A periapical abscess is a pocket of infection around your tooth root. It happens when bacteria invade your tooth pulp, usually through a crack or cavity. The infection spreads down to the root of your tooth, causing inflammation and swelling.
A periapical abscess is a pocket of infection (pus) around your tooth root. This type of abscess forms when harmful bacteria from your mouth invade your tooth pulp. (This can happen if you have a cavity or a crack in your tooth.) The infection can spread all the way to the tip of the root and into the surrounding tissues.
Left untreated, a periapical abscess can spread to other parts of your body and cause serious, life-threatening complications. If you think you have an abscess, you should seek care immediately.
Periapical abscess symptoms may include:
Abscesses can also rupture (burst). If this happens, you may feel immediate relief coupled with a sudden rush of foul-tasting fluid. (This doesn’t mean the infection has gone away, though. You should still call a dentist.)
Most of the time, a periapical abscess causes discomfort. But some people never develop pain. If you have other symptoms — such as fever, bad breath or swelling — schedule an appointment with a dentist.
Bacteria cause a periapical abscess. Bacteria can enter your tooth pulp through a crack or cavity. The infection can then spread to the tip of your tooth root and into the surrounding tissues.
You’re more likely to develop a periapical abscess if you have:
Left untreated, a periapical abscess can spread to your jaw — and eventually, to other areas of your head and neck. In some cases, infection can even get into your blood and cause sepsis, a life-threatening condition.
Dentists use visual exams and radiographic (X-ray) imaging to diagnose periapical tooth abscesses.
A dentist will examine your teeth and gums. They may also tap gently on the affected tooth to see if it’s sensitive to pressure.
Your dentist will take dental X-rays of your abscessed tooth. These images can tell them how far the infection has spread.
In some cases, your dentist may request a CT (computed tomography) scan, especially if they think the infection may have spread to your neck. A dental CT gives your dentist a 3D view of your mouth.
Periapical abscess treatment depends on how far the infection has spread. Options include medicine and procedures, such as:
Dentists often prescribe antibiotics to keep abscesses from spreading further. It’s important to understand that antibiotics won’t keep the infection from coming back. You’ll still need to treat the tooth.
During this procedure, your dentist will create a small incision (cut) into the abscess. This allows infection (pus) to drain out. Next, they’ll flush the area out with a sterile saline solution.
In some cases, your dentist may place a small rubber drain in the incision. This allows any remaining infection to drain out over the next few days. (You may notice a strange taste in your mouth while the drain is in place.)
Your dentist may recommend a root canal to save your tooth. During this procedure, a dentist or endodontist makes a small hole in the top of your tooth. Using tiny instruments, they’ll remove the infected tooth pulp and drain the infection. Next, they’ll clean and disinfect the inside of your tooth, then place a rubbery dental filling material called gutta-percha. This seals your tooth and reduces your risk for further infection.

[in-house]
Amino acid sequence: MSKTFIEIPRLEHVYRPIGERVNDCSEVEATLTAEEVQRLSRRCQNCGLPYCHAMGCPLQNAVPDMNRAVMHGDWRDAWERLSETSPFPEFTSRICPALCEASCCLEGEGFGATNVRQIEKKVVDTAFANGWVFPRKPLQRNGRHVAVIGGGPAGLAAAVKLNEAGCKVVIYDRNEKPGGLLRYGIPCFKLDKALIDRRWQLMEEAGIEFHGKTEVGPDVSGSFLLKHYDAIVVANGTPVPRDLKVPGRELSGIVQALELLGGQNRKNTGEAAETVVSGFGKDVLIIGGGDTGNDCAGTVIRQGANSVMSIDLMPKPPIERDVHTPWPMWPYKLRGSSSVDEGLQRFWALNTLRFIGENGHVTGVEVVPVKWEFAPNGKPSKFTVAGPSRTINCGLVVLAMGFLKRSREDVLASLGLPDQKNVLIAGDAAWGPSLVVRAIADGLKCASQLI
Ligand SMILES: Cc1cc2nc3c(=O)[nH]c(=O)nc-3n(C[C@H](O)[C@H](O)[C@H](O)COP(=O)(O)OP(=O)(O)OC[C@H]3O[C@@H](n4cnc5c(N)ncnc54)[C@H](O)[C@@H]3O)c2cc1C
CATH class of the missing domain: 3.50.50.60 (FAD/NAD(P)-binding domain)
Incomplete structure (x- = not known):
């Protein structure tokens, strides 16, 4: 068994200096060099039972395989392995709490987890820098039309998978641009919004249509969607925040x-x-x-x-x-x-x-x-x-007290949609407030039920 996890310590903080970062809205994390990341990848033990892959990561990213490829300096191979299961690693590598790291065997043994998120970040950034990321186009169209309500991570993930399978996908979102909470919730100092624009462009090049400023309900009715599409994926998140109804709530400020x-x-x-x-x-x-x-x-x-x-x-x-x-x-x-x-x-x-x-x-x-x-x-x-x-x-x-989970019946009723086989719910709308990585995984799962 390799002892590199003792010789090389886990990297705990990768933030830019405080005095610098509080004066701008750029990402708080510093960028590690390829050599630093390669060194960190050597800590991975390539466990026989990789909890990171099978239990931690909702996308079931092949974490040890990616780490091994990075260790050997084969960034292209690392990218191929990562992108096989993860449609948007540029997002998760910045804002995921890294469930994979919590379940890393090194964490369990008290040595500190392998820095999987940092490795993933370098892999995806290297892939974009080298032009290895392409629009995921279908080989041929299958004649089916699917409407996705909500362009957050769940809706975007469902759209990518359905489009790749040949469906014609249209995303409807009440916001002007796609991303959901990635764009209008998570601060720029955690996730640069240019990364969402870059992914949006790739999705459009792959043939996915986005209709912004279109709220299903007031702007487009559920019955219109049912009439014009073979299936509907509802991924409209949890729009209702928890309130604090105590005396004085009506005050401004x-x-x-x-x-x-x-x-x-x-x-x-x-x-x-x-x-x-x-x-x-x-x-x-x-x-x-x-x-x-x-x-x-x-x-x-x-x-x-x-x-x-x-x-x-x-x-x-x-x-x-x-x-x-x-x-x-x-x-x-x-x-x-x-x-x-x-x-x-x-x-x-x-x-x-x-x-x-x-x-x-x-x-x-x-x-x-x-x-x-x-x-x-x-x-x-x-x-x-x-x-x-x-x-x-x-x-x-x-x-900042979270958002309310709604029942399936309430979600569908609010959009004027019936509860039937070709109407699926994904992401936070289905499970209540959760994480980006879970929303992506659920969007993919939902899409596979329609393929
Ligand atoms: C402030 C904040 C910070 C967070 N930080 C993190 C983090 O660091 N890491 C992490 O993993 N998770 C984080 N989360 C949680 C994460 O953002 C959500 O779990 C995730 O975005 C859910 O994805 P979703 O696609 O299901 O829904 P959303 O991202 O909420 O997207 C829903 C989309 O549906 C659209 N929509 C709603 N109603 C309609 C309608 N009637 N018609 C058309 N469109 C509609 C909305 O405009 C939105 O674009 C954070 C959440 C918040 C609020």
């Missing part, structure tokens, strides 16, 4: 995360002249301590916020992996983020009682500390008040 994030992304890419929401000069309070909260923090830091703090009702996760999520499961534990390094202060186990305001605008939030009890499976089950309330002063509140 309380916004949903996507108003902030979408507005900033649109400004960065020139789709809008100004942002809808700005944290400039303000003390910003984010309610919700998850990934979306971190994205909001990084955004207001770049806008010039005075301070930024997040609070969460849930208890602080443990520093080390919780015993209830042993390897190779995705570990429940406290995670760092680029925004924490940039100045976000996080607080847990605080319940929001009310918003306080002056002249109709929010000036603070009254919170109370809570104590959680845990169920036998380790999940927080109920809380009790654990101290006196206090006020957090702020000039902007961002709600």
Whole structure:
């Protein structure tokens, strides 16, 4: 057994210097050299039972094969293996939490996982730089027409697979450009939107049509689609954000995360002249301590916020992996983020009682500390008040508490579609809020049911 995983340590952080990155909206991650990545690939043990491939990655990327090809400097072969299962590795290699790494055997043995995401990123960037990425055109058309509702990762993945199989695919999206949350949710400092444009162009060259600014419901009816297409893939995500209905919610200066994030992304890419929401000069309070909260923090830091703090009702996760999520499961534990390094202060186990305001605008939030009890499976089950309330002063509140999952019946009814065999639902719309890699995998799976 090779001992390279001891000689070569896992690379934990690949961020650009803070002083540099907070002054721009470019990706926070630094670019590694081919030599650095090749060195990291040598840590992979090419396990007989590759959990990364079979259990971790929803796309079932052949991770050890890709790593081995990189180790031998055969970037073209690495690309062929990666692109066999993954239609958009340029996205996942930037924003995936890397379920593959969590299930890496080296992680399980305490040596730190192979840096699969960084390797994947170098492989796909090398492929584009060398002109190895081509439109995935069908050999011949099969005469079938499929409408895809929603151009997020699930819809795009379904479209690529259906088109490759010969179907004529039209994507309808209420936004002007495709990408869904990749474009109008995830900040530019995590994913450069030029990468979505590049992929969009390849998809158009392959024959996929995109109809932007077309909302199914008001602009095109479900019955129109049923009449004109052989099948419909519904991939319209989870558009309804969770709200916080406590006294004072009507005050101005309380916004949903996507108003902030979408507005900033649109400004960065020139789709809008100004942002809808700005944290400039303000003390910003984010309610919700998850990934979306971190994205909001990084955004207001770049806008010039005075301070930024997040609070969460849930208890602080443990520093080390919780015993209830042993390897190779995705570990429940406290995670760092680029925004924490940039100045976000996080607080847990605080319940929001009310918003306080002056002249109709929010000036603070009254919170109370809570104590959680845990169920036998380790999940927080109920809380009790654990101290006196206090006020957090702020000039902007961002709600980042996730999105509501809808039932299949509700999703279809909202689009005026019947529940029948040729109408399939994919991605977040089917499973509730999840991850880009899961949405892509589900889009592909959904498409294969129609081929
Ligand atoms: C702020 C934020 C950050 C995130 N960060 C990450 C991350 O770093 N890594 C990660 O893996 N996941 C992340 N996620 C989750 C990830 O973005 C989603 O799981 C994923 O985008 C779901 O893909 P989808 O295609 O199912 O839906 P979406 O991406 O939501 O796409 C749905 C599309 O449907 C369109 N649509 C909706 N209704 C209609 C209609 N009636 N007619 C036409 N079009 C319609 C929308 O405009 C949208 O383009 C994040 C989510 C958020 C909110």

In many cases, you’ll also need a dental crown to protect your root canal-treated tooth.
Sometimes, it’s not possible to save an abscessed tooth. If the infection is too severe, your dentist may recommend a tooth extraction. During this procedure, they’ll carefully loosen the tissues around the affected tooth, then gently lift your tooth from its socket. They may also place a dental bone graft to reduce your risk of bone loss in your jaw.
You can’t prevent periapical abscesses altogether. But there are a few ways to reduce your risk:
There’s no hard and fast rule. It could take a few weeks — or sometimes, even months — for a periapical abscess to worsen. But putting off treatment can significantly increase your risk of developing serious, life-threatening complications, like sepsis.
If you have symptoms of a periapical abscess, you should schedule an appointment with a dentist right away. The sooner you treat the issue, the better chance of saving your tooth.
Seek emergency medical care if you develop:
If you have a periapical abscess, here are some questions you may want to ask your dentist:
The answer to this question is different for everyone. Some abscesses can form in just one or two days. Others may develop for weeks or months before you notice them.
If you notice any changes in your mouth or feel like something isn’t quite right, schedule an appointment with a dentist right away.
Though it doesn’t happen that often, it’s possible. Reinfection can occur if bacteria enter your tooth during treatment or if too much time passes before placing a crown. A root canal-treated tooth can also become reinfected if there’s a root fracture.
If this happens, your dentist may recommend a second root canal. Or they may recommend a tooth extraction.
Yes, if your abscessed tooth is close to your maxillary sinuses (the hollow space behind your nose), the infection could spread to your sinus cavity. That’s why it’s important to contact a dentist at the first sign of trouble.
A note from Cleveland Clinic
A periapical abscess is a pocket of infection that forms around your tooth root. Abscesses often cause pain, but they don’t always. If you think you could have a periapical abscess, it’s important to see a dentist immediately. Prompt treatment ensures that the infection doesn’t spread to other areas of your mouth and body.
Last reviewed by a Cleveland Clinic medical professional on 04/11/2023.
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